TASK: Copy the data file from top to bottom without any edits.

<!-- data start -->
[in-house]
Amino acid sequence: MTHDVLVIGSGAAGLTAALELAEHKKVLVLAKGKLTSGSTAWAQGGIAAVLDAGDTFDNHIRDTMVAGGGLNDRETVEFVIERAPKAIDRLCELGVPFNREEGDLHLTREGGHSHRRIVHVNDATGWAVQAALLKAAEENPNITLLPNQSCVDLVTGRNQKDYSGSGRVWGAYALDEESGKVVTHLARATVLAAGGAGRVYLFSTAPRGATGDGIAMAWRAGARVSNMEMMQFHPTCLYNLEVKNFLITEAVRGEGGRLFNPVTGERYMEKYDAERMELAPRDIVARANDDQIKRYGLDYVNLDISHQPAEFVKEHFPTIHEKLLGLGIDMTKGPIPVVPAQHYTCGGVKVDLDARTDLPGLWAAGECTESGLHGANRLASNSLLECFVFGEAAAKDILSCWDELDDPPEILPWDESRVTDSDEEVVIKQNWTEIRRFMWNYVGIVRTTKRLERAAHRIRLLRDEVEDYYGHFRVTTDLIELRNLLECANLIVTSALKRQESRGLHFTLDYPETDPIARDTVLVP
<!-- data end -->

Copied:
[in-house]
Amino acid sequence: MTHDVLVIGSGAAGLTAALELAEHKKVLVLAKGKLTSGSTAWAQGGIAAVLDAGDTFDNHIRDTMVAGGGLNDRETVEFVIERAPKAIDRLCELGVPFNREEGDLHLTREGGHSHRRIVHVNDATGWAVQAALLKAAEENPNITLLPNQSCVDLVTGRNQKDYSGSGRVWGAYALDEESGKVVTHLARATVLAAGGAGRVYLFSTAPRGATGDGIAMAWRAGARVSNMEMMQFHPTCLYNLEVKNFLITEAVRGEGGRLFNPVTGERYMEKYDAERMELAPRDIVARANDDQIKRYGLDYVNLDISHQPAEFVKEHFPTIHEKLLGLGIDMTKGPIPVVPAQHYTCGGVKVDLDARTDLPGLWAAGECTESGLHGANRLASNSLLECFVFGEAAAKDILSCWDELDDPPEILPWDESRVTDSDEEVVIKQNWTEIRRFMWNYVGIVRTTKRLERAAHRIRLLRDEVEDYYGHFRVTTDLIELRNLLECANLIVTSALKRQESRGLHFTLDYPETDPIARDTVLVP